speak through the Holy Spirit will discard it.
WHAT IS THE BODY OF CHRIST
Having ascertained from the Scriptures that the term "church" is ekklesia
in the Greek, a common noun and means an "out- called" people, that the
"bride of the Lambkin" is the "out- called" Israelites who inherit the
kingdom with all its terrestrial glory, and whose eonian home is the holy city, the new
Jerusalem, which descends out of heaven from God and takes its place in the new earth in
the last eon, we now turn our attention to the last term of our subject, which should
interest and grip our hearts as no other subject in the sacred Scriptures, because it
concerns us, the nations, the objects of His transcendent grace. And, as we must go to the
Circumcision writings to find the truth concerning the "Bride-ecclesia,"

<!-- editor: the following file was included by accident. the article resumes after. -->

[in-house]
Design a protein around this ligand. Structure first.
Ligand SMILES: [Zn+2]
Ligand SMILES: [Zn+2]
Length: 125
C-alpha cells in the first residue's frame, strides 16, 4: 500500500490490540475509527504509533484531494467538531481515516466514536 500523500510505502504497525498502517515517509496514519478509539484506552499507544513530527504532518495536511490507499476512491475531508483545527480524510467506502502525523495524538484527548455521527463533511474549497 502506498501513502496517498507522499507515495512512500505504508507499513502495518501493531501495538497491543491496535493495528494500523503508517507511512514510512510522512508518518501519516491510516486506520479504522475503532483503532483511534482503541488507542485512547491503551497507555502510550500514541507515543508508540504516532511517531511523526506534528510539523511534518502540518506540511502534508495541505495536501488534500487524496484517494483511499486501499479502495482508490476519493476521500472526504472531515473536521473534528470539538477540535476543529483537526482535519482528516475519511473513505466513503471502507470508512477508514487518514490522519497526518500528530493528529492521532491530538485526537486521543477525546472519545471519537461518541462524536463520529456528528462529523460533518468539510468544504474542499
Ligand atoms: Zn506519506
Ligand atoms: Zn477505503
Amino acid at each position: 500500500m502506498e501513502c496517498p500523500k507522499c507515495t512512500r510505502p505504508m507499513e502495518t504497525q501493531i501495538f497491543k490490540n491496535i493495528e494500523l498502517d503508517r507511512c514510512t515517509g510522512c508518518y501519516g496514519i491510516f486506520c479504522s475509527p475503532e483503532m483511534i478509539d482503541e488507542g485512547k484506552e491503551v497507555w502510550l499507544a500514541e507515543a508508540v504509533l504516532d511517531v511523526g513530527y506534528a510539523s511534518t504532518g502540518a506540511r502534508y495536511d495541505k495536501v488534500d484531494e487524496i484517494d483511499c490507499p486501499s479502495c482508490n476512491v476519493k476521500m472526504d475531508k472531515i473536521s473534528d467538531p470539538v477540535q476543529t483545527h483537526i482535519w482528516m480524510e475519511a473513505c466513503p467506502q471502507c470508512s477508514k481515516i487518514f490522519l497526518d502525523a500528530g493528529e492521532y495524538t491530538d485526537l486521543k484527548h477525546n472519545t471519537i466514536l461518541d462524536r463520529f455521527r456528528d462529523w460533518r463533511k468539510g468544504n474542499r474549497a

we must also go to Paul's writings for the truth concerning the "Body-ecclesia."
Paul, alone of all the writers of the Greek Scriptures, speaks of the body.
And, it might be well, right here, to point out that Jesus Christ, in His earthly
ministry did not preach about the body. He says in His own words: "I am not sent but
only to the lost sheep of the house of Israel (Matt.15:24).
And Paul verifies this by saying that "Christ has becomes the Servant of the
Circumcision, for the sake of the truth of God, to confirm the patriarchal promises"
Now the "patriarchal promises" did not concern the body, for that was not
revealed until many years subsequent to our Lord's earthly ministry. It is written, that
"He [Jesus] went everywhere preaching the evangel of the kingdom" (Matt.4:23).
He mentioned the word "church" only thrice (Matt.16:18; 18:17,17), none of
which make any reference whatever to the body, revealed in later years, through the
apostle Paul, but concerned the "bride-church," as we have pointed out
before. But in the writings of Paul, everything pertains to the "church" which
is the body of Christ.
"And He is the Head of the body" (Col.1:18)
...and gives Him the headship over all to the ecclesia which is His body"